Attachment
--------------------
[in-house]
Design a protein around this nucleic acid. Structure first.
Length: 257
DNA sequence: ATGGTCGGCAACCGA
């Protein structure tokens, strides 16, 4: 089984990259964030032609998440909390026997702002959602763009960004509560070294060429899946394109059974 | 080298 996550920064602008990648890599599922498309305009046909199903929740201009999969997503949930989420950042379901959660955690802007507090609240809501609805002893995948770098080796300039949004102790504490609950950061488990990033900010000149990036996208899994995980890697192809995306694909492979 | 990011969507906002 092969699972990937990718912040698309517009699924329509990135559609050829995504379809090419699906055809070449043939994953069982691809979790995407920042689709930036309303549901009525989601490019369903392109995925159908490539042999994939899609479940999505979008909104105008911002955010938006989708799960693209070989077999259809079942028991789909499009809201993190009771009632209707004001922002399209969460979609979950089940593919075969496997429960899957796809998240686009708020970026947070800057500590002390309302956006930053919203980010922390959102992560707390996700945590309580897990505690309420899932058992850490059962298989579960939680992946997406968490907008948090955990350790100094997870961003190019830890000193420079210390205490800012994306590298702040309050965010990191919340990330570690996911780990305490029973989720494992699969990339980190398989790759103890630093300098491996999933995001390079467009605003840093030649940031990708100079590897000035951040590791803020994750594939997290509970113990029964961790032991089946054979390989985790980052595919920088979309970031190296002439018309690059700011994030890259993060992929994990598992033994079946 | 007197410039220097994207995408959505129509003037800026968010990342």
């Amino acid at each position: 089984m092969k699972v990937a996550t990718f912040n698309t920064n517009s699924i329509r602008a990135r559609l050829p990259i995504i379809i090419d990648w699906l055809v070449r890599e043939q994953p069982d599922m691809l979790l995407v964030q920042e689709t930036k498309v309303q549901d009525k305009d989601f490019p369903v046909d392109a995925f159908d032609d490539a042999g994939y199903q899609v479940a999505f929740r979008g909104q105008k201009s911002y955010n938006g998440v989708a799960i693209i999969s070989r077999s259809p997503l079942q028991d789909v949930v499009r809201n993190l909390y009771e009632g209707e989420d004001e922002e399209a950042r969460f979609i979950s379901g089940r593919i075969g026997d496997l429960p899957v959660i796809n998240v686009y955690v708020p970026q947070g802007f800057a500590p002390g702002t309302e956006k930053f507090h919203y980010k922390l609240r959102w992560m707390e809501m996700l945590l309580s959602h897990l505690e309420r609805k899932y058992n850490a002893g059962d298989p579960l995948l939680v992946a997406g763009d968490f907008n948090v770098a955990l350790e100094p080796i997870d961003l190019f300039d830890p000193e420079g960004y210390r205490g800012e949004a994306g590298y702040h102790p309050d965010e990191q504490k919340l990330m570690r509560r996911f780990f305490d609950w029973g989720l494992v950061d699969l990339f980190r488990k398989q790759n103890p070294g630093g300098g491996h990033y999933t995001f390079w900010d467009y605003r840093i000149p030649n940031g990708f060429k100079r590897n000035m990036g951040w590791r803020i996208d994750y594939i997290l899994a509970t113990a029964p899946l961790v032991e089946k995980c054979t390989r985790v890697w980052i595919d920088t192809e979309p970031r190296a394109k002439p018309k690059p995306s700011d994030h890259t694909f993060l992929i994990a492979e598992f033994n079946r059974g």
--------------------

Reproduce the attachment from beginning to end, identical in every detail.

[in-house]
Design a protein around this nucleic acid. Structure first.
Length: 257
DNA sequence: ATGGTCGGCAACCGA
């Protein structure tokens, strides 16, 4: 089984990259964030032609998440909390026997702002959602763009960004509560070294060429899946394109059974 | 080298 996550920064602008990648890599599922498309305009046909199903929740201009999969997503949930989420950042379901959660955690802007507090609240809501609805002893995948770098080796300039949004102790504490609950950061488990990033900010000149990036996208899994995980890697192809995306694909492979 | 990011969507906002 092969699972990937990718912040698309517009699924329509990135559609050829995504379809090419699906055809070449043939994953069982691809979790995407920042689709930036309303549901009525989601490019369903392109995925159908490539042999994939899609479940999505979008909104105008911002955010938006989708799960693209070989077999259809079942028991789909499009809201993190009771009632209707004001922002399209969460979609979950089940593919075969496997429960899957796809998240686009708020970026947070800057500590002390309302956006930053919203980010922390959102992560707390996700945590309580897990505690309420899932058992850490059962298989579960939680992946997406968490907008948090955990350790100094997870961003190019830890000193420079210390205490800012994306590298702040309050965010990191919340990330570690996911780990305490029973989720494992699969990339980190398989790759103890630093300098491996999933995001390079467009605003840093030649940031990708100079590897000035951040590791803020994750594939997290509970113990029964961790032991089946054979390989985790980052595919920088979309970031190296002439018309690059700011994030890259993060992929994990598992033994079946 | 007197410039220097994207995408959505129509003037800026968010990342």
């Amino acid at each position: 089984m092969k699972v990937a996550t990718f912040n698309t920064n517009s699924i329509r602008a990135r559609l050829p990259i995504i379809i090419d990648w699906l055809v070449r890599e043939q994953p069982d599922m691809l979790l995407v964030q920042e689709t930036k498309v309303q549901d009525k305009d989601f490019p369903v046909d392109a995925f159908d032609d490539a042999g994939y199903q899609v479940a999505f929740r979008g909104q105008k201009s911002y955010n938006g998440v989708a799960i693209i999969s070989r077999s259809p997503l079942q028991d789909v949930v499009r809201n993190l909390y009771e009632g209707e989420d004001e922002e399209a950042r969460f979609i979950s379901g089940r593919i075969g026997d496997l429960p899957v959660i796809n998240v686009y955690v708020p970026q947070g802007f800057a500590p002390g702002t309302e956006k930053f507090h919203y980010k922390l609240r959102w992560m707390e809501m996700l945590l309580s959602h897990l505690e309420r609805k899932y058992n850490a002893g059962d298989p579960l995948l939680v992946a997406g763009d968490f907008n948090v770098a955990l350790e100094p080796i997870d961003l190019f300039d830890p000193e420079g960004y210390r205490g800012e949004a994306g590298y702040h102790p309050d965010e990191q504490k919340l990330m570690r509560r996911f780990f305490d609950w029973g989720l494992v950061d699969l990339f980190r488990k398989q790759n103890p070294g630093g300098g491996h990033y999933t995001f390079w900010d467009y605003r840093i000149p030649n940031g990708f060429k100079r590897n000035m990036g951040w590791r803020i996208d994750y594939i997290l899994a509970t113990a029964p899946l961790v032991e089946k995980c054979t390989r985790v890697w980052i595919d920088t192809e979309p970031r190296a394109k002439p018309k690059p995306s700011d994030h890259t694909f993060l992929i994990a492979e598992f033994n079946r059974g």